WeWork founder and former CEO Adam Neumann, who resigned amid controversy prior to the company's initial public offering, has launched a crypto startup.
His new venture, Flowcarbon, aims to bring the voluntary carbon market to the blockchain. The company just closed a $32 million venture capital round led by a16z, and raised another $38 million via a private presale of the company’s Goddess Nature Token (GNT).
The token is backed by a bundle of certified carbon offset credits issued by nature-based projects over the past five years, according to Flowcarbon. The credits themselves trade on the voluntary carbon market, which is projected to reach $700 million by 2027.
The credits trade until they’re redeemed by an end user, meaning that person or company gets to claim the offset’s environmental impact. Flowcarbon said GNT can be sold, used for borrowing and lending, or redeemed for an underlying real-world credit.
When it launches, GNT will run on the Celo blockchain. But for now, the block explorer only shows a Test Goddess Nature Token and Test Goddess Nature Token Plus.
Nicole Shore, Flowcarbon’s head of communications, told Decrypt in an email that people can apply to participate in the presale on the company’s website.
The funding round also includes General Catalyst (investors in payments processor Stripe and decentralized music platform Audius) and Samsung Next (investors in Axie Infinity, Dapper Labs) and 166 2nd Financial Services.
That last investor is the Neumann’s family office, which was formed in October and reportedly manages $700 million.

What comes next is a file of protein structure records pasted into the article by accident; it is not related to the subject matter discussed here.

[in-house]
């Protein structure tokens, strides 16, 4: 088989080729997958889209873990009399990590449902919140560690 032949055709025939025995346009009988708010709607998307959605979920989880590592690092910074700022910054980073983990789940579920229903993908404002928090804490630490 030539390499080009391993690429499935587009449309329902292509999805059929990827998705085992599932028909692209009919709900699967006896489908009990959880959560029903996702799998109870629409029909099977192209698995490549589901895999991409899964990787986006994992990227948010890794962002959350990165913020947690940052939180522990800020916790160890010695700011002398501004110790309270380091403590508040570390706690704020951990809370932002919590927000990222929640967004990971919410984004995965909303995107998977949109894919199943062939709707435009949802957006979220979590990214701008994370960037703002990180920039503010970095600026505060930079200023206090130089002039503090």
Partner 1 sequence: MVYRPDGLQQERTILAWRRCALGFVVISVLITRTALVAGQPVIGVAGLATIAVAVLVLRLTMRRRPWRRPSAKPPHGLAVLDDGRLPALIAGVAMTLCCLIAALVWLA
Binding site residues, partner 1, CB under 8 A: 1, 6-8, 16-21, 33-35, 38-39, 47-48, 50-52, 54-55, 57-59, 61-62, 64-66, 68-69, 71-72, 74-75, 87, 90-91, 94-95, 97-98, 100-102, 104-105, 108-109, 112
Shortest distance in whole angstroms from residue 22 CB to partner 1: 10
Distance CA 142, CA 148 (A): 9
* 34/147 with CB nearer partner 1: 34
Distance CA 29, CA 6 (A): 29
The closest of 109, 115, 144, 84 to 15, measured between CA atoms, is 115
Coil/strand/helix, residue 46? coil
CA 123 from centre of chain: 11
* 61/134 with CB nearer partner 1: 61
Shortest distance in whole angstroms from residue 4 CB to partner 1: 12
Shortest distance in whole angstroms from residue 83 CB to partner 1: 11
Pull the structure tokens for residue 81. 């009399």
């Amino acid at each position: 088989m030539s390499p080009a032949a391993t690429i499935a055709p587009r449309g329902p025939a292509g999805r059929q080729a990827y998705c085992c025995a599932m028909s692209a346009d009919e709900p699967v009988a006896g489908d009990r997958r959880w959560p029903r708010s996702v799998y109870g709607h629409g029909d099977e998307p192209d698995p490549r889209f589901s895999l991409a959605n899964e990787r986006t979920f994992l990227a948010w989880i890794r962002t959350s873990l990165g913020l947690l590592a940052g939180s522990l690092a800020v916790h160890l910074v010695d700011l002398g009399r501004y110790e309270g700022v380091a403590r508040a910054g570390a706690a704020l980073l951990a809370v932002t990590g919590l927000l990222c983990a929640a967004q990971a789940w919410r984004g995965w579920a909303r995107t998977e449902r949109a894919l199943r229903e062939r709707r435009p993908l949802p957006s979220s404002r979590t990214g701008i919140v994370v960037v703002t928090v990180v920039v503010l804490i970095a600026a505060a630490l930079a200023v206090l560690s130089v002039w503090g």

Flowcarbon CEO Dana Gibber said in an interview with The Business of Business in March that the Neumann family asked the 166 2nd team to come up with a company that would maximize their conservation efforts and make money. The result is Flowcarbon.
Neumann, along with his wife Rebekah, co-founded the company with Gibber, COO Carolina Klatt and Ilan Stern. Stern, who used to work for the George Soros family office, left General Catalyst in 2019 to lead the Neumann’s family office.
“We connected with them through their extensive conservation work, which has been quiet but spans many years and millions of hectares,” Gibber told The Business of Business in March. “They have been great partners.”
Neumann resigned from WeWork in 2019 after disclosures in the company’s $47 billion IPO filing drew criticism from investors. After his departure, the IPO was delayed and officially withdrawn. WeWork went public in 2021 by merging with BowX Acquisition Corp. at a $9 billion valuation.